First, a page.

Meaning of TRUE in English

TRUE

/ truː; NAmE / adjective , adverb , noun

■ adjective

( truer , tru·est )

CORRECT

1.

connected with facts rather than things that have been invented or guessed :

Indicate whether the following statements are true or false .

Is it true she's leaving?

All the rumours turned out to be true.

That's not strictly (= completely) true.

The novel is based on a true story .

His excuse just doesn't ring (= sound) true .

Unfortunately, these findings do not hold true (= are not valid) for women and children.

The music is dull and uninspiring, and the same is true of the acting.

You never spoke a truer word (= used to emphasize that you agree with what sb has just said) .

OPP untrue

REAL

2.

real or exact, especially when this is different from how sth seems :

the true face of socialism (= what it is really like rather than what people think it is like)

The true cost of these experiments to the environment will not be known for years to come.

He reveals his true character to very few people.

3.

[ usually before noun ] having the qualities or characteristics of the thing mentioned :

It was true love between them.

He's a true gentleman.

The painting is a masterpiece in the truest sense of the word.

He is credited with inventing the first true helicopter.

ADMITTING FACT

4.

used to admit that a particular fact or statement is correct, although you think that sth else is more important :

It's true that he could do the job, but would he fit in with the rest of the team?

'We could get it cheaper.' 'True, but would it be as good?'

LOYAL

5.

true (to sb/sth) showing respect and support for a particular person or belief in a way that does not change, even in different situations :

a true friend

She has always been true to herself (= done what she thought was good, right, etc.) .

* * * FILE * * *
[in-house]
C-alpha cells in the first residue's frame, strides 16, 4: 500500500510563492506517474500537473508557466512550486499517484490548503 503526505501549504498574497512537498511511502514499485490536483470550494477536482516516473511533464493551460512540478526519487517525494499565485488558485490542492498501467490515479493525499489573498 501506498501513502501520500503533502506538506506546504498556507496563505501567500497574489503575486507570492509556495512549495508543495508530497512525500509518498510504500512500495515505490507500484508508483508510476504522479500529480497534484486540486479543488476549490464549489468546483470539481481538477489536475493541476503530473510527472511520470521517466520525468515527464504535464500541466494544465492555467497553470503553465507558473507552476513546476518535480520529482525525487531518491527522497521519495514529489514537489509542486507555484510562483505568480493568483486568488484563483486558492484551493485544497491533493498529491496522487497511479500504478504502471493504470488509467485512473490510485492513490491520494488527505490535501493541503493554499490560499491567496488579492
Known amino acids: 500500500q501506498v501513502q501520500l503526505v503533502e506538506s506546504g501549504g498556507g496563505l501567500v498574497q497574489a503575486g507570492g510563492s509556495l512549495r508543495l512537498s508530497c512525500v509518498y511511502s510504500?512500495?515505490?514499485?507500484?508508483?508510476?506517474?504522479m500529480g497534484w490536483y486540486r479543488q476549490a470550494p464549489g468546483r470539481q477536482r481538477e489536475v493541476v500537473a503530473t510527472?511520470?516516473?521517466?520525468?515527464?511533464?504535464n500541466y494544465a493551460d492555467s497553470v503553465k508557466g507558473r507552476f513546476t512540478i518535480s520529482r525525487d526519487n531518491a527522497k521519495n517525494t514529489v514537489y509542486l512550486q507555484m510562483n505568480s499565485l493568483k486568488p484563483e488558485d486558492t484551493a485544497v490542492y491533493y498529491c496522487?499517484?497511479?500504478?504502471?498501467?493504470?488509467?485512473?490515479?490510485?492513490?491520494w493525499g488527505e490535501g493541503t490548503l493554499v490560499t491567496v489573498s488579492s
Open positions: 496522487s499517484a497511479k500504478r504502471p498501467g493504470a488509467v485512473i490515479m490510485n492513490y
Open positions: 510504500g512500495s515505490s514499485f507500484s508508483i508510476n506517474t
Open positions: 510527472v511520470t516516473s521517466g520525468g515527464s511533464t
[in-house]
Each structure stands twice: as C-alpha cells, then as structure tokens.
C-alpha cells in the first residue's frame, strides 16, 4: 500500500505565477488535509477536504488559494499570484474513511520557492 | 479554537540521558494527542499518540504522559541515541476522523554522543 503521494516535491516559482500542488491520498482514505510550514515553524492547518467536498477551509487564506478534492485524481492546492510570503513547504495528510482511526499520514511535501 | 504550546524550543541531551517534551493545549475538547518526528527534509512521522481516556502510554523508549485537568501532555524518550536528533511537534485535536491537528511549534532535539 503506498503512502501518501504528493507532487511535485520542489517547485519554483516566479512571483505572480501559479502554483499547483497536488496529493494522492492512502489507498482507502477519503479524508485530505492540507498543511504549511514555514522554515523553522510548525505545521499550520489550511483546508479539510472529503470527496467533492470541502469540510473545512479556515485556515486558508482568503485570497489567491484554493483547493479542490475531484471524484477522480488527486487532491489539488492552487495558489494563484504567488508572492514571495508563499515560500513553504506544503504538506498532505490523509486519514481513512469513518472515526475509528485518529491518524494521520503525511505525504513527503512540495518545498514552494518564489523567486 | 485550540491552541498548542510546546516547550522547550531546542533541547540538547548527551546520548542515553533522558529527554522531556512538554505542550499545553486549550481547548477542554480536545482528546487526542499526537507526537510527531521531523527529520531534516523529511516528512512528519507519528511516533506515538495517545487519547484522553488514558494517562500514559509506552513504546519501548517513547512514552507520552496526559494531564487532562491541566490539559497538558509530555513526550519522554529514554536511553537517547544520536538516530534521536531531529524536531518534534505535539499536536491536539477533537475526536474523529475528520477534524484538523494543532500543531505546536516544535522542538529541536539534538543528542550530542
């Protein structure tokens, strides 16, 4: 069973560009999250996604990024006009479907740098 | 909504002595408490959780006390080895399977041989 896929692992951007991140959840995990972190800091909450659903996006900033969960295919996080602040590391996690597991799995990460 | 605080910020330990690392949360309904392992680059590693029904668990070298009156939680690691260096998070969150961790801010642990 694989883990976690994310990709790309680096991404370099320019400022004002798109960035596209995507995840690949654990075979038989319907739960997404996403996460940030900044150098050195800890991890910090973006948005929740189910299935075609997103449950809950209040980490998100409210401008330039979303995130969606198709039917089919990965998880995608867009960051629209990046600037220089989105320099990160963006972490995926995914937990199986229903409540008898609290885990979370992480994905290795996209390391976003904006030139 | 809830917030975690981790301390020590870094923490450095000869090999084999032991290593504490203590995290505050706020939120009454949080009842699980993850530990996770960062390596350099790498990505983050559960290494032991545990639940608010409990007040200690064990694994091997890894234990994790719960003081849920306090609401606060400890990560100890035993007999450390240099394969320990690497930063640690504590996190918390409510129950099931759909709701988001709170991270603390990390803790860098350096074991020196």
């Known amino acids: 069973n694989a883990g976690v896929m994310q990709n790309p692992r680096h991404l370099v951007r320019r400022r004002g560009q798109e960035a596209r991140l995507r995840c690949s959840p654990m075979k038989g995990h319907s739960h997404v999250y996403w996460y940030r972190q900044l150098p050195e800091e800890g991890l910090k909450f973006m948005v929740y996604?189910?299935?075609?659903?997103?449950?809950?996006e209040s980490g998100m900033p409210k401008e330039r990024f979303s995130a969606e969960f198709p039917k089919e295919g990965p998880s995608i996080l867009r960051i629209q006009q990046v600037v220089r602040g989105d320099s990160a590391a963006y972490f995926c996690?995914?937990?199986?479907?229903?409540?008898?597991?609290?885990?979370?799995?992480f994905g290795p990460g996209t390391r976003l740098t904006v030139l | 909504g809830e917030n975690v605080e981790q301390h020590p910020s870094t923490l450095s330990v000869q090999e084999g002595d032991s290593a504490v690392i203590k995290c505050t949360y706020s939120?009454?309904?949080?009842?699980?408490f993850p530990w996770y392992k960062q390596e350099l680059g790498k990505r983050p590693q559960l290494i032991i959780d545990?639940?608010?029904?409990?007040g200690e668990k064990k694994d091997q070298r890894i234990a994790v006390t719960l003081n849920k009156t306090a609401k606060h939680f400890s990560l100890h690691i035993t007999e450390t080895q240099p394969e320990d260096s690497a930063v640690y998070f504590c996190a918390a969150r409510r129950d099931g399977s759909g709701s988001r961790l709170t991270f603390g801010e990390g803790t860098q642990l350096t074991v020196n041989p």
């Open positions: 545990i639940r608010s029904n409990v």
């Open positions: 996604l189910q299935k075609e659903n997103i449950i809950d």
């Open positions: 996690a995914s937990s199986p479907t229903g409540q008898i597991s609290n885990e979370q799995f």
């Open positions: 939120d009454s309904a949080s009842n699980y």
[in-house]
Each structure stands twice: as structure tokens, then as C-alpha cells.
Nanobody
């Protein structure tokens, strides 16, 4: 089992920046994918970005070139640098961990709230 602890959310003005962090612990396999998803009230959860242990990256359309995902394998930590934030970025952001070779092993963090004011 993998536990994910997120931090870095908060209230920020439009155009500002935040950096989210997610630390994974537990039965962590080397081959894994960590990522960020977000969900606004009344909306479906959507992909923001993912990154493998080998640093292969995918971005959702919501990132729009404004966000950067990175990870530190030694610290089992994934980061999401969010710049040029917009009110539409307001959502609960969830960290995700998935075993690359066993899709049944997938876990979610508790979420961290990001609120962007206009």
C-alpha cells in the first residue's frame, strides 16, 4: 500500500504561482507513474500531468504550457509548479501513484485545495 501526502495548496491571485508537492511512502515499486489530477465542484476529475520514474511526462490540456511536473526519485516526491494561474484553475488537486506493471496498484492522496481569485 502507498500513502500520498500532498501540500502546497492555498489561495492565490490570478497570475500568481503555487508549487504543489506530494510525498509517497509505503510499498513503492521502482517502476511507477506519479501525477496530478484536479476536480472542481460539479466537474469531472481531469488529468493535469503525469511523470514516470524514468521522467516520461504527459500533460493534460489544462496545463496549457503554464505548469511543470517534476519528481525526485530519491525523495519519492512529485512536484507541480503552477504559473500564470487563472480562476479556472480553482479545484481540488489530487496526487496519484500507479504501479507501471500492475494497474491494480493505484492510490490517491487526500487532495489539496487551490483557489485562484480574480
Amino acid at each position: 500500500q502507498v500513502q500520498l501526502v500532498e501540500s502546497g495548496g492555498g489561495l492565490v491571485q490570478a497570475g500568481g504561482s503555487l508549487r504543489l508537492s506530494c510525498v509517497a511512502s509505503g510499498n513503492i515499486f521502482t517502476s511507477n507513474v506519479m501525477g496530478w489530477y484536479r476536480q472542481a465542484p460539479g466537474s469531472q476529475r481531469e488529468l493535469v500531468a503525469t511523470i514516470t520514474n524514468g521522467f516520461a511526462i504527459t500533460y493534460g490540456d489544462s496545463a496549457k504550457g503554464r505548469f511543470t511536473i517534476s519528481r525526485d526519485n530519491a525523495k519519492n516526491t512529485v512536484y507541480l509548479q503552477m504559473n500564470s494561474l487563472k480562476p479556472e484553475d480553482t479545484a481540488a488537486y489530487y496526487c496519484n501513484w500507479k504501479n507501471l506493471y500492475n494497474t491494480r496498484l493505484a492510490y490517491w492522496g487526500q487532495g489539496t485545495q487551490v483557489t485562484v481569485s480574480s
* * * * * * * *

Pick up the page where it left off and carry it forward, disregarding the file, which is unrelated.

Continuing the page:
He was true to his word (= did what he promised to do) .

ACCURATE

6.

true (to sth) being an accurate version or copy of sth :

The movie is not true to the book.

7.

[ not usually before noun ] ( old-fashioned or literary ) straight and accurate :

His aim was true (= he hit the target) .

IDIOMS

- come true

- too good to be true

- your true colours

- true to form

- true to life

—more at ring (II) verb , tried

■ adverb

( old-fashioned or literary )

STRAIGHT

1.

in a direct line :

The arrow flew straight and true to the target.

CORRECTLY

2.

speak ~ to tell the truth :

He had spoken truer than he knew.

■ noun

IDIOMS

- out of true

••

SYNONYMS

true

right ♦ correct ♦ exact ♦ precise ♦ accurate ♦ spot on

These words all describe sth that cannot be doubted as fact and includes no mistakes.

true

connected with facts rather than things that have been invented or guessed:

Are the following statements true or false ?

Is it true (that) she's leaving?

right

that is true and cannot be doubted as a fact:

I got about half the answers right.

What's the right time?

correct

right according to the facts and without any mistakes:

Only one of the answers is correct.

Check that all the details are correct.

right or correct?

Correct is more formal than right and is more likely to be used in official or formal instructions or documents.

exact

[usually before noun] giving all the details correctly:

She gave an exact description of the attacker.

precise

giving all the details clearly and correctly:

Please give precise details about your previous experience.

accurate

correct in every detail:

Accurate records must be kept at all times.

exact, precise or accurate?

Accurate can often be used before a noun in the same way as exact and precise :

exact / precise / accurate records

. When the words are used after a linking verb, there is a slightly different emphasis, especially in negative statements. A description that is not very exact / precise lacks details; a description that is not very accurate gives details, but the details are wrong. Precise includes the idea of being clear and certain as well as correct and can be used to talk about people in the phrase be precise about sth . Exact is not usually used in this way: She was reasonably exact about the time of the incident.

spot on

[not before noun] ( BrE informal ) exactly right:

His guess was spot on.

PATTERNS AND COLLOCATIONS :

right / correct / precise / accurate / spot on about sb/sth

a(n) true / correct / exact / precise / accurate description / account

a(n) true / right / correct / exact / precise / accurate answer

the right / correct / exact / precise time

absolutely true / right / correct / exact / precise / accurate / spot on

not quite true / right / correct / exact / precise / accurate

It would be true / accurate to say that...

..., to be exact / precise.

••

WORD FAMILY

true adjective (≠ untrue )

truth noun (≠ untruth )

truthful adjective (≠ untruthful )

truly adverb

truism noun

••

WORD ORIGIN

Old English trēowe , trӯwe steadfast, loyal ; related to Dutch getrouw , German treu , also to truce .

Oxford Advanced Learner's English Dictionary.      Оксфордский английский словарь для изучающик язык на продвинутом уровне.